The Associated Press reports that a federal judge in Delaware approved the sale of Tower to Great American yesterday afternoon following a two-day, 30-hour auction. The liquidation process, including going-out-of-business sales, will start today.
According to AP, Great American's winning bid of $134.3 million was only $500,000 more than that of Trans World Entertainment, which had intended to continue operating at least a few of Tower's stores.
A member of Tower's legal team told the AP that the company's assets will be sold for a total of $150 million, including the sale of various leases and properties. Tower operated 89 stores in 20 states and owes creditors approximately $200 million.
Tower Records was founded in 1960 when music enthusiast Russ Solomon began selling records out of his father's Sacramento drugstore basement. Tower eventually built multi-level stores staffed by expert staff and was a dominant American music retailer during the 1980s — valued especially by aficionados of classical, jazz, world music and other genres that were difficult to find in most pop-oriented music stores.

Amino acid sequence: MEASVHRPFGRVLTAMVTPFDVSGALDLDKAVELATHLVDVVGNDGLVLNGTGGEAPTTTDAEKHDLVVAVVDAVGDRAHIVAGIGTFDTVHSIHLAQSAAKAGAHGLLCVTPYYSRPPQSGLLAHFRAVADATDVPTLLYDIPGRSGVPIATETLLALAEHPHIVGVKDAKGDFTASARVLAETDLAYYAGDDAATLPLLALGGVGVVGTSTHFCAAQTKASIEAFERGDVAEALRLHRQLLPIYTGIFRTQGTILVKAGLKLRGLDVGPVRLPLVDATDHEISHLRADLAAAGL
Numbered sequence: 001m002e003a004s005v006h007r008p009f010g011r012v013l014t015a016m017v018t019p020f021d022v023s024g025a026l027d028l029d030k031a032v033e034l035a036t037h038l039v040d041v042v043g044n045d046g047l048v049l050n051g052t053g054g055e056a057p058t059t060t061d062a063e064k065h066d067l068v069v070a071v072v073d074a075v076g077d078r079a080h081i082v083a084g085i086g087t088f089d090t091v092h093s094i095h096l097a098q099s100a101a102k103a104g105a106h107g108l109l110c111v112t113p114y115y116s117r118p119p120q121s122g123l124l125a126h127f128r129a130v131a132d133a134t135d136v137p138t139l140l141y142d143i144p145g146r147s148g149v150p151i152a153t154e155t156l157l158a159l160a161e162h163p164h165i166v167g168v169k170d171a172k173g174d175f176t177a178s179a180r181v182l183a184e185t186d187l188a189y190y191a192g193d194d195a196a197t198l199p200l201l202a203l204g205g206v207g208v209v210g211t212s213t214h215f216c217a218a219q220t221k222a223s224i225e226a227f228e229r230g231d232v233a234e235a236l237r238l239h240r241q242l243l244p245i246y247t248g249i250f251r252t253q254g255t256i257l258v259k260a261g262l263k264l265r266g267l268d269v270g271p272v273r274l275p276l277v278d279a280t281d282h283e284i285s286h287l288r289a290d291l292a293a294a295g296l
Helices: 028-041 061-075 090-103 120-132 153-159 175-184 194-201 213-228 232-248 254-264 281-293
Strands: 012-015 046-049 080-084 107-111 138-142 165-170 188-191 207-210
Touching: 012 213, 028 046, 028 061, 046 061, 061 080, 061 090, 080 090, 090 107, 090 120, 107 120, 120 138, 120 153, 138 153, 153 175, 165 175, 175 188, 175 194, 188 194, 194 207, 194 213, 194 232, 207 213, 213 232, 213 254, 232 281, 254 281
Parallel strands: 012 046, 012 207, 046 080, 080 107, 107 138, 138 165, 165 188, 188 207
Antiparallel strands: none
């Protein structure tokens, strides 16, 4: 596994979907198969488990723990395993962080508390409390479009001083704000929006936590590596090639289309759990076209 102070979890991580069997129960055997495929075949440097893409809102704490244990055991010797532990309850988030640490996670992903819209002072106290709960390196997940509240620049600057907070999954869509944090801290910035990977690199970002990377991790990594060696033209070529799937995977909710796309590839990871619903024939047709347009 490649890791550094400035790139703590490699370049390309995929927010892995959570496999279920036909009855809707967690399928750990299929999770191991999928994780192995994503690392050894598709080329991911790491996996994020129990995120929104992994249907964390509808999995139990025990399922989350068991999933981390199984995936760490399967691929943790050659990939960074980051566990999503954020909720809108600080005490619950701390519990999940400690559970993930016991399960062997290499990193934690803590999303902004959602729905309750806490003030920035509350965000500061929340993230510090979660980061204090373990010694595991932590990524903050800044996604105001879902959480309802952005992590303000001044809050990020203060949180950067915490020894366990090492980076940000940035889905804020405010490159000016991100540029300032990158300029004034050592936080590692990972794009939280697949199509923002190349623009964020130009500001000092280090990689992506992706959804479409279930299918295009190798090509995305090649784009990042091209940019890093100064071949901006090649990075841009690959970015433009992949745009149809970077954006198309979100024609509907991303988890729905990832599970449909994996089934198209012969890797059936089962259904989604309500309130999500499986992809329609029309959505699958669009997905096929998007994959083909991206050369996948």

The company ran into financial trouble after a mid-1990s expansion was less profitable than expected due to competition from retailers such as Wal-Mart and from online stores such as Amazon.com, as well as from the revolution in downloading music in digital files rather than purchasing it on discs.
In August, The Los Angeles Times reported that Universal Music Group, Warner Music Group and EMI Music had suspended shipments to Tower after it stopped paying its bills.